Understanding Pelvic Floor Prolapse: What You Should Know

When you decide to have children and go through the joys and the difficulties of carrying and birthing children, your body can go through a lot of changes and may not always recover after birth. Among some of the lingering effects of birth, there is a risk that you may develop a serious condition known as pelvic floor prolapse. Get to know more about pelvic floor prolapse so that you know what to do and expect if the situation happens to you.

What is Pelvic Floor Prolapse?

Pelvic floor prolapse refers to a condition in which one or more lower abdominal organs (like your bladder or small bowel) drop from their regular positions in the body and place pressure on the walls of the vagina. Because the function of these abdominal organs depends largely on their location in the body, this can cause serious health problems if it is not addressed quickly.

What Causes Pelvic Floor Prolapse?

While not all women who have had children will experience pelvic floor prolapse, the cause of the condition is often weakened abdominal muscles that can occur following child-bearing. This can also be due to the fact that the muscles in the abdomen stretch when a woman carries a child. Sometimes those muscles do not shrink back to their proper size after the fact causing problems.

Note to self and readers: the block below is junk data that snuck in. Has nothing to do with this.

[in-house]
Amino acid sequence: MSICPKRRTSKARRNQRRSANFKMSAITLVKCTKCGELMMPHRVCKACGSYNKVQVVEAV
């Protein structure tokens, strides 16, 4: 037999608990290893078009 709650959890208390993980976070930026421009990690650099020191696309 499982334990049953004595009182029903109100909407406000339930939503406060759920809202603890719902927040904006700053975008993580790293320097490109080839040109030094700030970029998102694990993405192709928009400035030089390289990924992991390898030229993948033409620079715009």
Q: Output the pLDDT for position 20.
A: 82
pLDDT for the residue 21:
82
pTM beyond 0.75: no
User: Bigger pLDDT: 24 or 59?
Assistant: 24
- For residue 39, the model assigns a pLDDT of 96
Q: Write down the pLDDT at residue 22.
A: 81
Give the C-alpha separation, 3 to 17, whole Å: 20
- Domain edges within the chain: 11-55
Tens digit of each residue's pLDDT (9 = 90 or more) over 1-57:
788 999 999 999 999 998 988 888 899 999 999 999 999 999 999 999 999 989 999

What Are the Symptoms of Pelvic Floor Prolapse?

Many of the symptoms of pelvic floor prolapse can masquerade as symptoms of another condition. Some of these include frequent urination or the sensation that you need to urinate more often than necessary, constipation, feelings of pressure in the lower abdomen, and low back pain.

In fact, some women may worry they are pregnant again when they begin to experience symptoms of pelvic floor prolapse. Most of the time, they do not discover the precise cause of their symptoms until they get a pelvic exam from their OBGYN.

How Can You Treat Pelvic Floor Prolapse?

When a doctor diagnoses you with pelvic floor prolapse, there are numerous treatment options available to you depending on the severity of the condition. Sometimes, you can use physical therapy and various muscle strengthening exercises to rebuild the strength of your abdominal muscles and help your organs move back into their proper locations.

However, if your symptoms are extreme or you are unable to strengthen those muscles enough, you will need surgery to move the organs back into place and hold them there. The surgeon uses natural connective tissues in your body to hold the organs in place and secures them in their proper form and location.

Now that you know more about pelvic floor prolapse, you can watch out for signs and symptoms and get the treatment you need if this issue ever affects you. If you feel you already have it, you may want to consider contacting a local OBGYN, such as Women's Health Associate - Gilbert A Shamas MD, to discuss your concerns.